How we made it work-A Pest Plant and Animal Roadside Management Program

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Up until about 2011 there was a lot of doubt and controversy about who was responsible for pest plants and animals along roadsides. After a lot of consultation and hard work in establishing a determination, local councils were deemed to be responsible for all roadsides that were ‘council roads’. VicRoads would continue to maintain all roads and freeways for which they were responsible.

As a result of this decision the Victorian Government provided funding to shire councils to address roadside weed and pest management. Shires could engage contractors to undertake the work that would then be approved for payment.

Our shire’s initial funding was $150 000 over the first three years: this was extended to a fourth and fifth year – total funding was in the order of $250 000.

The rate base for our Shire is small. There are not many on-ground staff. Recognising this as an issue, that in the past weed control had led to sub-optimal results, our local landcare groups developed a model to assist the Shire in delivering the program.

Our proposition was that if the Shire met all the regulatory requirements of the funding, the landcare groups would inspect the roadsides to locate weeds and rabbits. Each group selected an approved contractor to undertake the work; a landcare representative supervised the work and approved final payment by the Shire to the contractor on the basis that work was completed to the required standard.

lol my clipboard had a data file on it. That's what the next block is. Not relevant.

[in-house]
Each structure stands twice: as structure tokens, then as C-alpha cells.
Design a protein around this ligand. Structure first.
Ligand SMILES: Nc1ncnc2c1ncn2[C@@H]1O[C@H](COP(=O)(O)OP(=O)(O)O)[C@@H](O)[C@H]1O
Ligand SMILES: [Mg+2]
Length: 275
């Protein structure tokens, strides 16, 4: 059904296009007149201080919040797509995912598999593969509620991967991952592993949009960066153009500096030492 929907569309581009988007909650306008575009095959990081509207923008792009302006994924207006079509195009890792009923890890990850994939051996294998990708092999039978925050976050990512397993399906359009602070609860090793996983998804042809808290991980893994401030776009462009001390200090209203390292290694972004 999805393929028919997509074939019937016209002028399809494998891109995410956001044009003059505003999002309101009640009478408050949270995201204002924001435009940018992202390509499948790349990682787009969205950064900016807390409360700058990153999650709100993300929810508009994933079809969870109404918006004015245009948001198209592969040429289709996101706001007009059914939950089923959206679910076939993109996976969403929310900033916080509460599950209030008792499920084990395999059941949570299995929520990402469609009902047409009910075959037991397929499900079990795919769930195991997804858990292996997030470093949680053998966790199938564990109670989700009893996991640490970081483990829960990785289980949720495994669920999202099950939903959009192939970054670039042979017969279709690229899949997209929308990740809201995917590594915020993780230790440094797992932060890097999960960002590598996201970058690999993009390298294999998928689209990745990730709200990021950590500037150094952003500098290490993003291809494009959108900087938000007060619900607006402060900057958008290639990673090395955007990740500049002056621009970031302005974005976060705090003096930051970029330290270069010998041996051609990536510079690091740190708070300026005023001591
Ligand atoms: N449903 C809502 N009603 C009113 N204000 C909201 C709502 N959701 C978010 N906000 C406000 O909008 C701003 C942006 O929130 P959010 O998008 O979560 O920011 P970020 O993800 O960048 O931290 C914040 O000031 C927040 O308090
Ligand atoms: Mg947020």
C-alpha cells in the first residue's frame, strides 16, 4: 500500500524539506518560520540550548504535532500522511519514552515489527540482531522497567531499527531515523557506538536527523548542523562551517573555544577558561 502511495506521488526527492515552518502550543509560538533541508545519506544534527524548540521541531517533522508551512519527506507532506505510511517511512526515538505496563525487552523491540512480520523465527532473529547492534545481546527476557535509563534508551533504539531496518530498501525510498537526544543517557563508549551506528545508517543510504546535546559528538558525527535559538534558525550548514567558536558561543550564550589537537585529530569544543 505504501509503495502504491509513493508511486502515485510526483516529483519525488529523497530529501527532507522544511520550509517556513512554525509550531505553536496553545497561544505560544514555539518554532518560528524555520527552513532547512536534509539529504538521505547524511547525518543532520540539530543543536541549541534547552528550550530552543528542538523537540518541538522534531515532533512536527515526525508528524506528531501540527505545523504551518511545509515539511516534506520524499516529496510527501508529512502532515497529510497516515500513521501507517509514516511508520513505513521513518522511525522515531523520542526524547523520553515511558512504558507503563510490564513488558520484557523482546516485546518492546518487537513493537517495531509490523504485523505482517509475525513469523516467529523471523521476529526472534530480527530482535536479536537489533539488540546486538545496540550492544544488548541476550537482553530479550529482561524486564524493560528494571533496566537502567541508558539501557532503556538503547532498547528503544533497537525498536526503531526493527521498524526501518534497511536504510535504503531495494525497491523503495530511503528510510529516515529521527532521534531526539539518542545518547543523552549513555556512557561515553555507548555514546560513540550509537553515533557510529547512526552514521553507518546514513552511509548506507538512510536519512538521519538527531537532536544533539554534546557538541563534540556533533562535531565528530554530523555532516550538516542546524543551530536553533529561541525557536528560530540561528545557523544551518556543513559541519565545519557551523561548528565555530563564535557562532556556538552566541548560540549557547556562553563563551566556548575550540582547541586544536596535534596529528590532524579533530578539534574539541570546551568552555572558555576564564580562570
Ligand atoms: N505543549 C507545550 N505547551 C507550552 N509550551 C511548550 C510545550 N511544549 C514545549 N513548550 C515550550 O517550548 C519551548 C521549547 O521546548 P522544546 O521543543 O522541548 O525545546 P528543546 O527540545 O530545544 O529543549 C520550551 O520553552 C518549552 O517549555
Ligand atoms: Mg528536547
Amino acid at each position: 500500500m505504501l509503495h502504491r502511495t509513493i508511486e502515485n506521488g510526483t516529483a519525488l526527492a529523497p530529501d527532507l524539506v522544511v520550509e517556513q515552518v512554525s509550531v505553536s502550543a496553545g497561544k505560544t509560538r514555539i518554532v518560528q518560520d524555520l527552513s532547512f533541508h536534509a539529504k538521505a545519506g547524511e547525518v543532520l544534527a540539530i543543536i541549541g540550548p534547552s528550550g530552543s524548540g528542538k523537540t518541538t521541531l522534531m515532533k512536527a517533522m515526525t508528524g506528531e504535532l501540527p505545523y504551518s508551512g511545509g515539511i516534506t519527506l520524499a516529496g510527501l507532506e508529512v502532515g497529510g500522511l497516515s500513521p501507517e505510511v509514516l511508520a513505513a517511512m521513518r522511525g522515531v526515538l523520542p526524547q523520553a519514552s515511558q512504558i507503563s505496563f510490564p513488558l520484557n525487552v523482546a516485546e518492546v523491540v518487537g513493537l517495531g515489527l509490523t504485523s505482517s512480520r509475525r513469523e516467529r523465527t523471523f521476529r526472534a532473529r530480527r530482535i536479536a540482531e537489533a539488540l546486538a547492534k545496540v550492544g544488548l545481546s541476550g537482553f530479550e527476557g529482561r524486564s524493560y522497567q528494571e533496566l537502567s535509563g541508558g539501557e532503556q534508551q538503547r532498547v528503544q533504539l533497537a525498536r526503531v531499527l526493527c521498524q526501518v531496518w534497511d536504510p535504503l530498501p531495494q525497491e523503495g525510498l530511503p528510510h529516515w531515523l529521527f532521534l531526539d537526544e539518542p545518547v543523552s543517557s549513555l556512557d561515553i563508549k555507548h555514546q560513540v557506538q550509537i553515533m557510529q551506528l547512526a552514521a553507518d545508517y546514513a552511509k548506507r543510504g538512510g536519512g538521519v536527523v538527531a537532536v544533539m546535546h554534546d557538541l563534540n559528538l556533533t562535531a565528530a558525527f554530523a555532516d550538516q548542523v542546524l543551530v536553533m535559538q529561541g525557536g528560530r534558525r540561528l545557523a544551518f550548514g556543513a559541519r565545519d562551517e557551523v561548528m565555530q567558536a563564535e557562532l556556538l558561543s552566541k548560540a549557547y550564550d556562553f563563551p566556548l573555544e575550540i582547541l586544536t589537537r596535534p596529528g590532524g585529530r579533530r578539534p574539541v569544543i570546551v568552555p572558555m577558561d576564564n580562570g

Shire officers, agency staff and the landcare group representatives have met annually to review and improve the program.

There has been a significant impact on the extent of roadside weeds. The involvement of the landcare groups meant that community education is more effective and our community owns the project. A win-win for all.

A Story of Success – Effective Rabbit Control Is A Long Haul

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Our rabbit control story has been ongoing … forever. In ‘the old days’ it was poison, spotlight, fumigate … every year, year after year! In the early 90s the tide began to change. We developed and implemented a broad scale, integrated approach that covered six landcare groups in our area – a total of 93 000 ha. To do this our community established a collaborative of the six groups. We called ourselves The Granite Creeks Project.

The community led integrated control program was developed by our Committee of Management. We decided to employ a fulltime Education Officer. This was a critical part of our early and ongoing success. The role was to actively educate our community by attending landcare meetings, contacting agencies, making site visits to individual and groups of landholders, publishing articles in local papers, building partnerships … we even featured in The Australian Geographic.

Often, the best things that can happen are unplanned … enter the 1995 RHDV impact. We were chosen as one of 17 data collection sites across Victoria. Our spotlight transect has been continuous from 1996 to 2017 … 22 years of data. Our control program has been in place for more than 25 years and continues every year … so what is the proof of success?

Rabbit counts for the 18 km transect are down from 1070 rabbits in 1996 to 8 in 2016. Cost to government and community is down to one tenth of 1996 expenditure. Land mangers have more time for other activities. Our current funding is in the order of $15 000 … because this is essentially all that is needed to maintain our previous investment and gains.

Some reasons for our ongoing success are that the program is landscape wide, it is community developed and community driven.